In my training mind, I see the impact being measured by not only how many people will benefit, but also the size of the benefit. I could help 1000 people with a simple problem or 50 people with a massive problem. Impact can come in either form or best-case scenario, both.
Either way, I always want to know the impact a project will have once completed.
Green- Large Impact, Long Lifespan
These are my favorite projects; I can dig into the problem, come up with a creative solution, and execute it at a high level. We are talking a deep needs analysis, custom graphics, polished videos, the works!
I don’t hesitate to spend the time creating all of these precise and beautiful artifacts because I know the work will help people for a long time to come, and the impact will be substantial.
Yellow- Large Impact, Short Lifespan
These projects are important for their impact, but their short lifespan limits how much time and effort I am willing to commit.
This might be a high-quality video training instead of a custom asynchronous course with interactive elements, graphics, and video.
However it plays out, the resource needs whatever professional touches I can deliver quickly.
Orange- Small Impact, Long Lifespan
As you can tell, I am a sucker for impact, so small impact projects are on the bottom half of the hierarchy. The long lifespan helps counterweight the impact part of the equation but not by much.
The silver lining of this level is that it provides a place to experiment with my tools and techniques. It is a relatively safe space to try something new that I am confident will work but I have not done before.
While the green and yellow projects provide plenty of opportunities to practice and refine my skills, these orange ones allow me to build new ones.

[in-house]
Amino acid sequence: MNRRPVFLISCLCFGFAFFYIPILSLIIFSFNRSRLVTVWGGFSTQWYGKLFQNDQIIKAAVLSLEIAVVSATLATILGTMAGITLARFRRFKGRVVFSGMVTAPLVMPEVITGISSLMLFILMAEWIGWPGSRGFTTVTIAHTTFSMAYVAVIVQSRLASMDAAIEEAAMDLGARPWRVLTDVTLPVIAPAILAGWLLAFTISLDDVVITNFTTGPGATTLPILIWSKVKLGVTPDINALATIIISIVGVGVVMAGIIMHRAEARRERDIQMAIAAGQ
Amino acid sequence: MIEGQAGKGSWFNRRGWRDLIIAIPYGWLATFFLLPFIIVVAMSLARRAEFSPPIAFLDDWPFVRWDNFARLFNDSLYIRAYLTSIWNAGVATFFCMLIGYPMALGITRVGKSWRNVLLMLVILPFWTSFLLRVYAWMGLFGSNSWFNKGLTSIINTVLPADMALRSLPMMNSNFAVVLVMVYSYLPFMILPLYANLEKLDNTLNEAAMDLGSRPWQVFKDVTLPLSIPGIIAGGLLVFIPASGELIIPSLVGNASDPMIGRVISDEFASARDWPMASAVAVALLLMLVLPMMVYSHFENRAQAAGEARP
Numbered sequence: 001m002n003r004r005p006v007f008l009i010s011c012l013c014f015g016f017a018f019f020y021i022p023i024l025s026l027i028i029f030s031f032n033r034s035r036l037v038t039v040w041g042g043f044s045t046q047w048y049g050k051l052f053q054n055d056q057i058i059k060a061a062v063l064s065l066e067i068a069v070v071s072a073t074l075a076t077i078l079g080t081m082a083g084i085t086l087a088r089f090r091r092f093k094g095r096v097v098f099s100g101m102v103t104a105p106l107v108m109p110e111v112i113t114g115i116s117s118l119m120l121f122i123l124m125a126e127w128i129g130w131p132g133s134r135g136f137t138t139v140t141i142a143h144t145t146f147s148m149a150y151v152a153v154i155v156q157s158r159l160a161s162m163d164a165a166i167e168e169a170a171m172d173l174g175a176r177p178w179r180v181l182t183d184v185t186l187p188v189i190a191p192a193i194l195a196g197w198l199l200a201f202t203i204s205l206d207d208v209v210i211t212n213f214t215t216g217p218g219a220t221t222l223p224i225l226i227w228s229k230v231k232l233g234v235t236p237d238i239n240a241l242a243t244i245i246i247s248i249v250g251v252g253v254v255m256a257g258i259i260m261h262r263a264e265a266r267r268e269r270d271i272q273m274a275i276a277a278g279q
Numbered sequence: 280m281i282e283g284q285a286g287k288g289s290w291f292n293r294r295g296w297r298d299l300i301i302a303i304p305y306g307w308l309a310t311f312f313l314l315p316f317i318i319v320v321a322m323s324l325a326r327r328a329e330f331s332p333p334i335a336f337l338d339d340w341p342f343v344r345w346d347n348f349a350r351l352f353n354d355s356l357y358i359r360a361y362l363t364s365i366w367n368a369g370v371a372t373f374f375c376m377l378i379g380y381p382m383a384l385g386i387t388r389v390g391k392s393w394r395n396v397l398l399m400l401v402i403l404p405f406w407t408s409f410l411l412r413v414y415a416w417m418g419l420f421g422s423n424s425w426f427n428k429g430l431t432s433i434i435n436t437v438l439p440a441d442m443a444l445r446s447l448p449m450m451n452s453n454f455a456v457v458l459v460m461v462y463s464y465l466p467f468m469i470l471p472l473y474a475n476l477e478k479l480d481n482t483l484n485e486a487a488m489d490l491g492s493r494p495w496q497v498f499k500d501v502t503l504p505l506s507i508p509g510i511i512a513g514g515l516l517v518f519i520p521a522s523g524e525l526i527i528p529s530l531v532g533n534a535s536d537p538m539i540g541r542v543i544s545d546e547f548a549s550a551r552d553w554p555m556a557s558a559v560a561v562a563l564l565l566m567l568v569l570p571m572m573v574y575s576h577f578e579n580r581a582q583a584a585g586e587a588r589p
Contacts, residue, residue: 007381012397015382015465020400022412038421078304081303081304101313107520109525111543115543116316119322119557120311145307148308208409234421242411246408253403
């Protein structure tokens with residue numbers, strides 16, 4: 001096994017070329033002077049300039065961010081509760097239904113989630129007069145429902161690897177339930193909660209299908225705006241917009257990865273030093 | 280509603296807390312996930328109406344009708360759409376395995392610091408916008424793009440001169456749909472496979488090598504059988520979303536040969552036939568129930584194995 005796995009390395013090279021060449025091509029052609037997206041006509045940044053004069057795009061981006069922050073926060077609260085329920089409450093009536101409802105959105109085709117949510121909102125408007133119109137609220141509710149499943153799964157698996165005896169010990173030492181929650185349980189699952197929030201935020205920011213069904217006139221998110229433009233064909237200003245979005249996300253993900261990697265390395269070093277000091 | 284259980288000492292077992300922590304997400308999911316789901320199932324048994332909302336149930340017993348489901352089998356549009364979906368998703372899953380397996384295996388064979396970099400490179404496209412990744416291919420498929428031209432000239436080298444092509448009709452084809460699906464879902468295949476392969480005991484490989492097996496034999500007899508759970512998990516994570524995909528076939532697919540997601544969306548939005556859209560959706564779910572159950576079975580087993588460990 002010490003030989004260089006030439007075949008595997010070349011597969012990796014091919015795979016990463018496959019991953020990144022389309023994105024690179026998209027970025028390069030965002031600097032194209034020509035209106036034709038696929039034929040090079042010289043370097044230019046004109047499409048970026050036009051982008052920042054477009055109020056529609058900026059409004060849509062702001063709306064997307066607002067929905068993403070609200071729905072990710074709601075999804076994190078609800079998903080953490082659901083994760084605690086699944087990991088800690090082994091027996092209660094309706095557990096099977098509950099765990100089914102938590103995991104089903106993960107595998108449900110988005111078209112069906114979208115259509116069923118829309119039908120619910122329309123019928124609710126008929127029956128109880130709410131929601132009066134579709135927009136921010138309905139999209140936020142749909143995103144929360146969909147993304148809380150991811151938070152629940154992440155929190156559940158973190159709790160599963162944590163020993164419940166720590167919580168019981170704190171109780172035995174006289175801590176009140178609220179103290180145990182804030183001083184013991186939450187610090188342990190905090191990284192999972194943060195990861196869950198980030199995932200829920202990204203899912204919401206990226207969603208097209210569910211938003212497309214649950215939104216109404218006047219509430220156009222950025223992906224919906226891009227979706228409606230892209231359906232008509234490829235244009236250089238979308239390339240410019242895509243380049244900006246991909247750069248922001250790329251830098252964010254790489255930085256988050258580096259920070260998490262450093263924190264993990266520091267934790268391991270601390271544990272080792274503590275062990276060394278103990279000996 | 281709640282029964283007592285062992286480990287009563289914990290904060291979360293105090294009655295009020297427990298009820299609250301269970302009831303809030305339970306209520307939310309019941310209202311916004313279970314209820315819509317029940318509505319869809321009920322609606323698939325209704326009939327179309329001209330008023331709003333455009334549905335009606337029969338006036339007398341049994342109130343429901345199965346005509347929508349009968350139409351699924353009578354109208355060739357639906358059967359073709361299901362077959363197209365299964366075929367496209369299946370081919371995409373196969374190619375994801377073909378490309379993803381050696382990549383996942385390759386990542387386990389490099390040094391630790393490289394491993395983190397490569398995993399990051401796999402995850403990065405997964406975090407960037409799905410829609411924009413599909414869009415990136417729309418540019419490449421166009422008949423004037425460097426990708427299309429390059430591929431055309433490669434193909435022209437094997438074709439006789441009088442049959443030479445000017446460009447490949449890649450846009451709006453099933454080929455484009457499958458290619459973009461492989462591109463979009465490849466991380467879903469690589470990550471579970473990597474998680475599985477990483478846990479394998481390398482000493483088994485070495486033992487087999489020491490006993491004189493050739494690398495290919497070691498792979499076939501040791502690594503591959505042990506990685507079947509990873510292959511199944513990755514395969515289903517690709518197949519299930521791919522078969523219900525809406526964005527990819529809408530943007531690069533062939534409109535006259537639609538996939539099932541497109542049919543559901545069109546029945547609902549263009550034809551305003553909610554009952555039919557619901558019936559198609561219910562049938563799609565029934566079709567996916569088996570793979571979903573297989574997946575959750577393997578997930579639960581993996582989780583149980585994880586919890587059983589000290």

Red- Small Impact, Short Lifespan
Sometimes it might not be possible, but I try to avoid these projects if I can.
I don’t mean to say I pretend they don’t exist. Instead, I will try to find a solution that is not developing a training. It might be a 30-minute coaching call or a redirect to an existing job aid.
Regardless, these are the bottom-of-the-barrel projects that only get serious attention if all other levels of projects are complete.
Quick shout out to my secret weapon for meetings/trainings. Ecamm Live.
I made the graphics for my planning grid in Adobe Illustrator and left a big chunk of negative space on the right side because I presented this slide will Ecamm and put myself on camera in the area to the right. I am planning on making more posts/videos about Ecamm. Since I am sharing my graphics in this post, I wanted to explain the unused space.
There will always be external factors that influence when I work on which projects. Left to my own vices, this post explains how I look at projects in May of 2022.
I keep reflecting and iterating as I gain experience and we will see how things change over time. I will also get better by hearing your thoughts!
Do you deal with managing creative projects, training industry, or otherwise? I would love to hear how you triage your projects in the comments below!